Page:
Jet was ‘blown out of the sky’

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A Malaysian flight carrying 298 people crashed near the Russia-Ukraine border on Thursday, raising immediate worries it had been shot down by Russian militants. 

U.S. officials generally stopped short of directly blaming the incident on separatists that the U.S. says have been supported by Russia, though Vice President Biden said the flight "apparently" had been "shot down."
 
"Not an accident. Blown out of the sky," the vice president said.

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Ukrainian officials accused Russian separatists operating in eastern Ukraine of shooting down the plane with the Russian-built Buk anti-aircraft system, which is capable of downing planes flying as high as 72,000 feet. Ukrainian President Petro Poroshenko called the incident an "act of terrorism."
A U.S. official said Thursday there was "some early evidence that would support the missile theory," but they do not know conclusively what brought down the plane.
 
"We're working hard to figure out what happened," the official said.

If Russian rebels are behind the downed plane, it will raise diplomatic pressure on Putin to cut any ties with the militants. The U.S. has blamed Russia's government for the fighting in Ukraine, and the Obama administration on Wednesday announced a new round of sanctions on Russia. 

President Obama, who was out of Washington for much of the day to deliver a speech on transportation in Delaware and to attend fundraisers in New York, spoke with Poroshenko on Thursday and offered U.S. assistance to international investigators.

Both Obama and Poroshenko emphasized during the call that "all evidence from the crash site must remain in place on the territory of Ukraine until international investigators are able to examine all aspects of the tragedy," according to the White House.

Obama also talked to Putin on Thursday, and the two discussed the downed plane during a phone conversation that also touched on the latest U.S. sanctions.

Later, Obama said the U.S. would "offer any assistance we can, to help determine what happened and why" to Ukraine's government.

"I’ve directed my national security team to stay in close contact with the Ukrainian government," Obama said.

The United States will dispatch an investigative team to Ukraine "to determine what happened," Biden said, adding that the U.S. team would be "on their way rapidly to see if we can get to the bottom of this."
 
Separately, members of the Senate Intelligence Committee emerging from a classified session on Thursday said the Malaysian plane likely exploded at high altitude. They also noted that pro-Russian separatists have shot down several aircraft in eastern Ukraine in recent weeks.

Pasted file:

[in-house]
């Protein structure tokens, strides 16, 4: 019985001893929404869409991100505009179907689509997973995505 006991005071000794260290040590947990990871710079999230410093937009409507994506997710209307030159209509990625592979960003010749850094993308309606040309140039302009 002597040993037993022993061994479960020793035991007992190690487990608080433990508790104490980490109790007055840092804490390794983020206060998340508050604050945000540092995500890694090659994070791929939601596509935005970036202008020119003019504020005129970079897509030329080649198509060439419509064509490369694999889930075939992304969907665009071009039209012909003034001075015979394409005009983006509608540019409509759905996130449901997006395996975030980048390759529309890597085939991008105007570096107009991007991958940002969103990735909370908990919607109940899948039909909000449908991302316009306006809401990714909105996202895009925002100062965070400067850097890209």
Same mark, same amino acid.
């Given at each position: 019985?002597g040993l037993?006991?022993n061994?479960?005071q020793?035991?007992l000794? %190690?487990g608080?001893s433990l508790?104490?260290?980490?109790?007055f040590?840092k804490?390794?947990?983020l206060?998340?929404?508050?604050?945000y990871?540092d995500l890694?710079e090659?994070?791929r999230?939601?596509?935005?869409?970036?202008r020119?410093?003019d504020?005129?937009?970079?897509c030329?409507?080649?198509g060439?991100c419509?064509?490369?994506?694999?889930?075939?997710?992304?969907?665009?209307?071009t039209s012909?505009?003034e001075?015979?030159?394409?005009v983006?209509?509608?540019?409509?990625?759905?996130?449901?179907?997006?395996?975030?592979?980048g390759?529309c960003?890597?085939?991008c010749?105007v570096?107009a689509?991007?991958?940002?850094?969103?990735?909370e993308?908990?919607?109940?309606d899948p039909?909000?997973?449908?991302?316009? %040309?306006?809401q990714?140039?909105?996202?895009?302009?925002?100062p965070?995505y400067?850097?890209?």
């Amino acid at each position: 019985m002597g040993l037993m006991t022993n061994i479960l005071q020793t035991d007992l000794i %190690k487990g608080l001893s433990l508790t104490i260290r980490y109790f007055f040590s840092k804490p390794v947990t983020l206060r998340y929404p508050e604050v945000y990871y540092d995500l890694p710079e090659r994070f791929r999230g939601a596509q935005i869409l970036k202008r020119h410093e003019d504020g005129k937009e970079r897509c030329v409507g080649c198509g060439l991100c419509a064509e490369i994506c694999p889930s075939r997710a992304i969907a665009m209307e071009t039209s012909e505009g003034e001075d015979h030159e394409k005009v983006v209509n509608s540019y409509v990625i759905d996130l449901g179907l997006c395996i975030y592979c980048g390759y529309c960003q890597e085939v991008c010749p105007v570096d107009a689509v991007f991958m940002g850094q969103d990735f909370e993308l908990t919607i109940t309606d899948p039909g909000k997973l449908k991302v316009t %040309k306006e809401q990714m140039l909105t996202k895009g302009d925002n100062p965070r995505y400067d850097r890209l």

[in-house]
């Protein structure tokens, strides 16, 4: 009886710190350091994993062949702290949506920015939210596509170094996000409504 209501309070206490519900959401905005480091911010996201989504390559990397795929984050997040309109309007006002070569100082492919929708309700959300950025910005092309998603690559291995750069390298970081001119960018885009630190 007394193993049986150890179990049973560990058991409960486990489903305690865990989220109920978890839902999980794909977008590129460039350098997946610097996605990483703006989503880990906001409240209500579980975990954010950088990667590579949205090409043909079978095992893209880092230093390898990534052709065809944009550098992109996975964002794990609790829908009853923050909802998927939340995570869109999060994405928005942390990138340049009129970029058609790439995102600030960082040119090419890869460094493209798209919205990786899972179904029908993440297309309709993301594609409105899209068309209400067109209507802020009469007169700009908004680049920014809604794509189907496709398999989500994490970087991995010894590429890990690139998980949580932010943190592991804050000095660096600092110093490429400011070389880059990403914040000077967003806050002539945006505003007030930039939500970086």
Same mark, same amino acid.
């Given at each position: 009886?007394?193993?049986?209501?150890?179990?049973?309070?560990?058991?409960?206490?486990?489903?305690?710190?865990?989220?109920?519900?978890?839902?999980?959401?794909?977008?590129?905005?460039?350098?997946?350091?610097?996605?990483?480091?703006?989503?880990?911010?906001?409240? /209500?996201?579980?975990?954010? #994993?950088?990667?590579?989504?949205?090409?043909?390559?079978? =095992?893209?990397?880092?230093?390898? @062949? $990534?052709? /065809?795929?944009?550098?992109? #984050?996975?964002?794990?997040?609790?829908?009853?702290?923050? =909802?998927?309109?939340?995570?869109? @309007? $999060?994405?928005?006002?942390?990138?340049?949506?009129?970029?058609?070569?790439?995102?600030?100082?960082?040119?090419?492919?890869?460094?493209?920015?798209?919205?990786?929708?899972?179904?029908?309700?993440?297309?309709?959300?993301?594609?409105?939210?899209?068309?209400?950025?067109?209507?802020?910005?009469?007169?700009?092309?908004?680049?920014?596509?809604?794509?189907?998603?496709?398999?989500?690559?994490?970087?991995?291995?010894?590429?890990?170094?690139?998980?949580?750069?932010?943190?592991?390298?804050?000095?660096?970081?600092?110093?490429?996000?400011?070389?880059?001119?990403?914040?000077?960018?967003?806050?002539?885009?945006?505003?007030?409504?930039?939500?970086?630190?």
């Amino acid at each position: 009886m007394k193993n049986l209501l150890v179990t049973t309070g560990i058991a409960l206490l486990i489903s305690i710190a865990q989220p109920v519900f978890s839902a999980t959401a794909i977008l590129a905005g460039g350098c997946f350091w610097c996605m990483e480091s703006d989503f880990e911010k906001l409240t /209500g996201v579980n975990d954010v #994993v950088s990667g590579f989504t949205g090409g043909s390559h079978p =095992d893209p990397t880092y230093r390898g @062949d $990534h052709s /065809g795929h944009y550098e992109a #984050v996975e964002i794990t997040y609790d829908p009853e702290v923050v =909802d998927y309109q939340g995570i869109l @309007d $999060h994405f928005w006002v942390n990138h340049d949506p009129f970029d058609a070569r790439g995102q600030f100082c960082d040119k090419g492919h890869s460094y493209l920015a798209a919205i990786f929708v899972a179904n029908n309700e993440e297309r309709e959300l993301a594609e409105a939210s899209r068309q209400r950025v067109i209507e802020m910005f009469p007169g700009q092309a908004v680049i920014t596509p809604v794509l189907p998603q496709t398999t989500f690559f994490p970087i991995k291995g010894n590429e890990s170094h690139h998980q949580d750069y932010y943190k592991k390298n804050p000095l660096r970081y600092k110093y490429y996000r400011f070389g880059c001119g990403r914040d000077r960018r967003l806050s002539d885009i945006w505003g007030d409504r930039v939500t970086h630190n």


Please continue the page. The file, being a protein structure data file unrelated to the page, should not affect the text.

The lawmakers suggested the circumstances raised grave concerns about Russia’s involvement.
 
After arriving in New York, the president convened a call with Secretary of State John Kerry to discuss the downed plane, press secretary Josh Earnest said. The pair also discussed recent developments in Gaza, where Israel launched a ground offensive against Hamas after the failure of cease-fire talks.

Following his discussion with Kerry, Obama phoned members of his national security team, including CIA Director John Brennan, White House chief of staff Denis McDonough, and Deputy Director of National Intelligence Stephanie O'Sullivan.

"The president was briefed on our ongoing efforts to support the Ukrainian government and a prompt international investigation into what took place," Earnest said. "The president directed his national security team to continue offering whatever assistance is necessary to advance the international effort to determine what happened."

While Biden and other administration officials were careful not to directly implicate Russian separatists, Hillary Clinton, Obama's former secretary of State and a likely White House contender in 2016, suggested the plane had been downed by Russian militants using Russian equipment.

"There does seem to be some growing awareness that it probably had to be Russian insurgents," Clinton said on "The Charlie Rose Show" Thursday. "The equipment had to have come from Russia. What more the Russians may or may not have done we don't know."

Biden told reporters in Detroit he made an offer of assistance to Poroshenko in a phone call following the "tragic event that's taken place on the Ukrainian border," which the Ukrainian leader accepted.

"This is truly a grave situation. Nearly 300 souls have been lost. ... There are many questions that need to be answered," Biden said.

An administration official said that technical assistance, including help determining the cause of the crash and analysis of the plane's black box recorder "would initially be on the table following an incident like this."

It is unclear if there were any Americans on board the flight. As of Friday morning, the nationalities of only four people had not been identified, and no Americans had been confirmed dead.

Obama also called Prime Minister Mark Rutte of the Netherlands on Thursday evening to express condolences for the death of 189 Dutch citizens aboard Malaysia Airlines Flight 17.

— This story was updated at 9:42 a.m. Friday.

— Alexander Bolton and Jesse Byrnes contributed to this story.